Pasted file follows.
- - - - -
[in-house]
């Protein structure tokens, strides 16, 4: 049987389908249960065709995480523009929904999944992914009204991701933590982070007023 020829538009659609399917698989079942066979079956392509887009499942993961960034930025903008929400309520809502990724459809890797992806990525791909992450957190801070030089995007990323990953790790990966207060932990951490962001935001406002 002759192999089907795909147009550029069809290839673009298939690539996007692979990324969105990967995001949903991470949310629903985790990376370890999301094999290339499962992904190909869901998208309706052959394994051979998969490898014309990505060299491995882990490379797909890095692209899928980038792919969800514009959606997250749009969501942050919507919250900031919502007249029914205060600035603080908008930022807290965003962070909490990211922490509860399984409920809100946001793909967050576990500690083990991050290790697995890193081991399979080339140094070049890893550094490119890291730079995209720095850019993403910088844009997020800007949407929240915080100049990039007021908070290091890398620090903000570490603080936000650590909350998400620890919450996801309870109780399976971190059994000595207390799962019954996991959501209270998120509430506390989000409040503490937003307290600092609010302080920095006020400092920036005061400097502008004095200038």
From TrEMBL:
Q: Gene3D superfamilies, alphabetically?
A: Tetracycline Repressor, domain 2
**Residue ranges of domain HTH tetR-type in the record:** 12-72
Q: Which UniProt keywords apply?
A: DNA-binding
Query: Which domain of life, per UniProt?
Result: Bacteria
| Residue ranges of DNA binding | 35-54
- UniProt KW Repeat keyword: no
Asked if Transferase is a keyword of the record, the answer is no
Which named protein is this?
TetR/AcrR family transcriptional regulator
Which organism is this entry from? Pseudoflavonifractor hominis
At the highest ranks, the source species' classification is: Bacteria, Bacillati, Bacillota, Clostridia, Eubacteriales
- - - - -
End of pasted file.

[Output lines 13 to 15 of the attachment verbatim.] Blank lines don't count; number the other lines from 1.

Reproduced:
Asked if Transferase is a keyword of the record, the answer is no
Which named protein is this?
TetR/AcrR family transcriptional regulator